The United States Department of Veterans Affairs (VA) is a federal agency that aims to provide military veterans with comprehensive healthcare services throughout the country. Robert Morris Levy, a former VA pathologist, pleaded guilty to involuntary manslaughter, after allegedly misdiagnosing 10 percent of all patient cases.
Drugs, Alcohol, and Arrest
Levy started working for the VA in 2005 and was fired in 2018 after being arrested for drunk driving. His arrest prompted a medical malpractice investigation which found that 3,000 of the 34,000 cases he handled had clinical errors with these errors dating back to when he started this job.
In 2016, Levy was found drinking on the job with a blood alcohol content (BAC) of 0.396. His medical license was briefly suspended and he was forced to go through 3 months of rehab. To put the BAC of 0.396 into perspective, that is more than four times higher than the legal limit of 0.08. Kris Raper, a special agent with the Office of Inspector General for the Department of Veterans Affairs, testified that for a normal person, a BAC of 0.396 would have them comatose.
Keep in mind that medical malpractice is very complex and it needs a thorough investigation to pursue any legal action. If you’ve been injured or suffer a wrong diagnosis due to medical staff negligence, seek a legal representation from a NJ medical malpractice lawyer to ensure that you are protected by law and will get the proper guidance in the legal process.
Levy returned to work at the end of 2016, less than a year from when he was first found drinking at work. When Levy returned to work he was required to give random blood and urine samples for testing. Levy later revealed that he was able to pass random blood and urine tests by using drugs that have intoxicating effects similar to alcohol but were undetectable on blood and urine tests. Levy had continued to work while under the influence which led to more misdiagnoses, case irregularities, and overall medical malpractice.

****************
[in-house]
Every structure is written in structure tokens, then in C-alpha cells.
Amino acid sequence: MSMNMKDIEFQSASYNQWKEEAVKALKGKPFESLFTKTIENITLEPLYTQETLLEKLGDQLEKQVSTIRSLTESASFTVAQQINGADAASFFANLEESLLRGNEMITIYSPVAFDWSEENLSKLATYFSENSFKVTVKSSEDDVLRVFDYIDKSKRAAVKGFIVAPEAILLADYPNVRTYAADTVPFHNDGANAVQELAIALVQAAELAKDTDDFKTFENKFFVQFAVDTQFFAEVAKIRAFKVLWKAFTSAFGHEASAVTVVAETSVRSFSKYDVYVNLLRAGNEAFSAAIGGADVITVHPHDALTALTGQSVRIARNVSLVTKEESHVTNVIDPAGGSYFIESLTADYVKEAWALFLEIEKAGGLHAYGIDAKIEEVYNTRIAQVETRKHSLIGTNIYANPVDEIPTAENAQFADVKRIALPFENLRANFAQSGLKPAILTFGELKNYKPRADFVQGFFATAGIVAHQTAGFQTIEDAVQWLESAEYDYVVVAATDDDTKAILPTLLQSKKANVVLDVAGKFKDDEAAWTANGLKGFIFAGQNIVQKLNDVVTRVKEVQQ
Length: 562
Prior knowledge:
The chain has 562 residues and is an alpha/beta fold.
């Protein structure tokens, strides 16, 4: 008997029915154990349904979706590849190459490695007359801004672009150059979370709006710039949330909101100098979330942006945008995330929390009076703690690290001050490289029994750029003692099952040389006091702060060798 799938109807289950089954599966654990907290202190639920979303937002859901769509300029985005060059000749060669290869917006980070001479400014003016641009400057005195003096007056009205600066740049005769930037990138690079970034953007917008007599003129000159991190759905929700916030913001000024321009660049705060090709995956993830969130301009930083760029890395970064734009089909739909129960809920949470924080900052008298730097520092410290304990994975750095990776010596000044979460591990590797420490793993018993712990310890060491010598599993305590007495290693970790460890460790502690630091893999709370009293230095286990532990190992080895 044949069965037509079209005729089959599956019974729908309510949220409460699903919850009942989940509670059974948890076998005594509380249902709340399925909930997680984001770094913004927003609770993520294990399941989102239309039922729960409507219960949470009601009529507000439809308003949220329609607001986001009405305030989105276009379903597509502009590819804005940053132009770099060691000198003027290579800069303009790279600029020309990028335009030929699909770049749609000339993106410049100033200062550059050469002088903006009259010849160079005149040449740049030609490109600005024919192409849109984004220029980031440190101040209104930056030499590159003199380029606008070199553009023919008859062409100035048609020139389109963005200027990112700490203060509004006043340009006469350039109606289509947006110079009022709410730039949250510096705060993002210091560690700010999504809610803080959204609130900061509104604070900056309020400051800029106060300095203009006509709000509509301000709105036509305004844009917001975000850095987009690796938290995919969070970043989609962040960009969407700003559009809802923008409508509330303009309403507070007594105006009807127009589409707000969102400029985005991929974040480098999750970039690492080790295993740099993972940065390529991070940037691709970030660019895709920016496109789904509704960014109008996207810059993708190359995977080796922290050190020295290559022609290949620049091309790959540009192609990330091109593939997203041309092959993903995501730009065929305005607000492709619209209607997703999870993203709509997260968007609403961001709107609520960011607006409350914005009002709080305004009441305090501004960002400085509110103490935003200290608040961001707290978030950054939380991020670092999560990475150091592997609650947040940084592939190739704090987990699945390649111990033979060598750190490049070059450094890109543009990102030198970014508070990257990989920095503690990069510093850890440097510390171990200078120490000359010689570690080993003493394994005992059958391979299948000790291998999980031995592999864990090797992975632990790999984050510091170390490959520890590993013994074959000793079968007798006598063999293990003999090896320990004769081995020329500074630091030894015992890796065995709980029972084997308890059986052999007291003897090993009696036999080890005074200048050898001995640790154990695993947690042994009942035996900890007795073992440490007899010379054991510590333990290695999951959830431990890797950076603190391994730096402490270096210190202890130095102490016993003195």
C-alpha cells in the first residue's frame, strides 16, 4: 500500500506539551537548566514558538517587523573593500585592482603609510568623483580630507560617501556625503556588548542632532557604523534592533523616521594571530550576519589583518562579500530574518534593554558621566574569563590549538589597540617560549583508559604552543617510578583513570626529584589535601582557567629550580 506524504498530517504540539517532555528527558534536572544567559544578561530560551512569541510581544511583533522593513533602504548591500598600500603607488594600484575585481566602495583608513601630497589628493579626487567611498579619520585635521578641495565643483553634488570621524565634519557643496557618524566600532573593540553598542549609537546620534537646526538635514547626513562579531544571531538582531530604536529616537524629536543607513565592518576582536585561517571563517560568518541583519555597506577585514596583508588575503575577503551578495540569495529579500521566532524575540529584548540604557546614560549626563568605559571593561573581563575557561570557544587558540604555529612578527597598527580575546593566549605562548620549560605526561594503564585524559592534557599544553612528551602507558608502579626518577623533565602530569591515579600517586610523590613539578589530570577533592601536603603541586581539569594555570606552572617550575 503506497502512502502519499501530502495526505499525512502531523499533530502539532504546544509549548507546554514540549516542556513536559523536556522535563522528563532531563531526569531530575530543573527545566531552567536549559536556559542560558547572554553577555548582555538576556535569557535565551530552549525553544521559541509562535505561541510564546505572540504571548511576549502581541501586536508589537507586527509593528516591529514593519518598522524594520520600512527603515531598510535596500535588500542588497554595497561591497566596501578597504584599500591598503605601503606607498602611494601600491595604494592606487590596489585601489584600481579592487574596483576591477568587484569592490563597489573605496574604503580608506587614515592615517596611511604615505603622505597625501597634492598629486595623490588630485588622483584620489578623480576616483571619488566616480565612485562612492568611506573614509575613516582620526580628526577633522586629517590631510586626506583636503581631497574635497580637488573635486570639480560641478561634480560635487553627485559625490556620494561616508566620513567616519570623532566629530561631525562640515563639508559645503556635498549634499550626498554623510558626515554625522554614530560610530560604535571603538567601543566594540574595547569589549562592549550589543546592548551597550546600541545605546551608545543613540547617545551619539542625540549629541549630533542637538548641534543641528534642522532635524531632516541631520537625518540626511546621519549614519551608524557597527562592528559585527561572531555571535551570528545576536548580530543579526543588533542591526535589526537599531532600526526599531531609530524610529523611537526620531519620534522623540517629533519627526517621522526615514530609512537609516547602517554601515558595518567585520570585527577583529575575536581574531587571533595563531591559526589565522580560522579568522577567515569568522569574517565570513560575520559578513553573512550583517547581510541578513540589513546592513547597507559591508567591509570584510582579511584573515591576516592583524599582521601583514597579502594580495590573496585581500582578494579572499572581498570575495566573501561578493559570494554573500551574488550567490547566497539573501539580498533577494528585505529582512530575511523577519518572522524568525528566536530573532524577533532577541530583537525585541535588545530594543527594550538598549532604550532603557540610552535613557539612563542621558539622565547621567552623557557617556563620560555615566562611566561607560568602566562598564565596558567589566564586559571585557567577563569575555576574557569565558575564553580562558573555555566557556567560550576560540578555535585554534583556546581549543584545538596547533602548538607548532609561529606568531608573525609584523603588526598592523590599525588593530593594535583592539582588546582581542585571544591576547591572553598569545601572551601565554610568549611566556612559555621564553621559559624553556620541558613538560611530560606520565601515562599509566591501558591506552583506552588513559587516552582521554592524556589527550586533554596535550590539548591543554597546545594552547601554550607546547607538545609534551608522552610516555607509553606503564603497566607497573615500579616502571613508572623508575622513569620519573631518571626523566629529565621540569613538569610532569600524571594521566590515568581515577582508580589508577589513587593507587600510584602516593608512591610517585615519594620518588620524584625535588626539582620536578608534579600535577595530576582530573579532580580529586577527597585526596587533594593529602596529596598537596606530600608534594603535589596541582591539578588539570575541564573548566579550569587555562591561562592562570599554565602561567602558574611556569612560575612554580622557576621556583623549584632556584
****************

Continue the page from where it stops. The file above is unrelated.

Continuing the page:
Medical malpractice is very serious. During the investigation in 2018, it was discovered that 30 of Levy’s misdiagnosed cases caused patients to have extreme and lasting issues. Three of the cases were so severe that those patients ended up dead. “When it comes to a medical malpractice case, there is no debate on who is liable. Doctors are responsible for their patients,” says Attorney Marc Karlin of Karlin & Karlin. “While doctors make mistakes, negligence that results in a misdiagnosis can have severe legal consequences”.
During the hearing, Levy told a federal judge that on more than one occasion he attempted to cover up a substance abuse problem. Federal prosecutors stated that in at least two cases Levy forged signatures and documents in an attempt to cover his mistakes. Not only did he misdiagnose patients but Levy also falsified medical records for his different patients by forging another doctor’s name to make it appear another pathologist agreed with his diagnosis.
A retired Air Force master sergeant, Kelly Copelin, came forward saying Levy misdiagnosed her with an earache when in reality she had cancer. Levy’s mistake caused her cancer to metastasize to stage 4 and resulted in her losing the ability to swallow after treatment. Levy also admitted to the misdiagnosis of an Air Force Veteran with cancer, this man was treated for the wrong condition and as a result, died. There are thousands of others who have similar stories and have been left with lasting issues or have died due to Levy’s negligence.
Levy faces up to 28 years in prison and $500,000 in fines and the estate of one of the veterans who died is suing Levy for $3 million. Levy is expected to be sentenced in the next few months.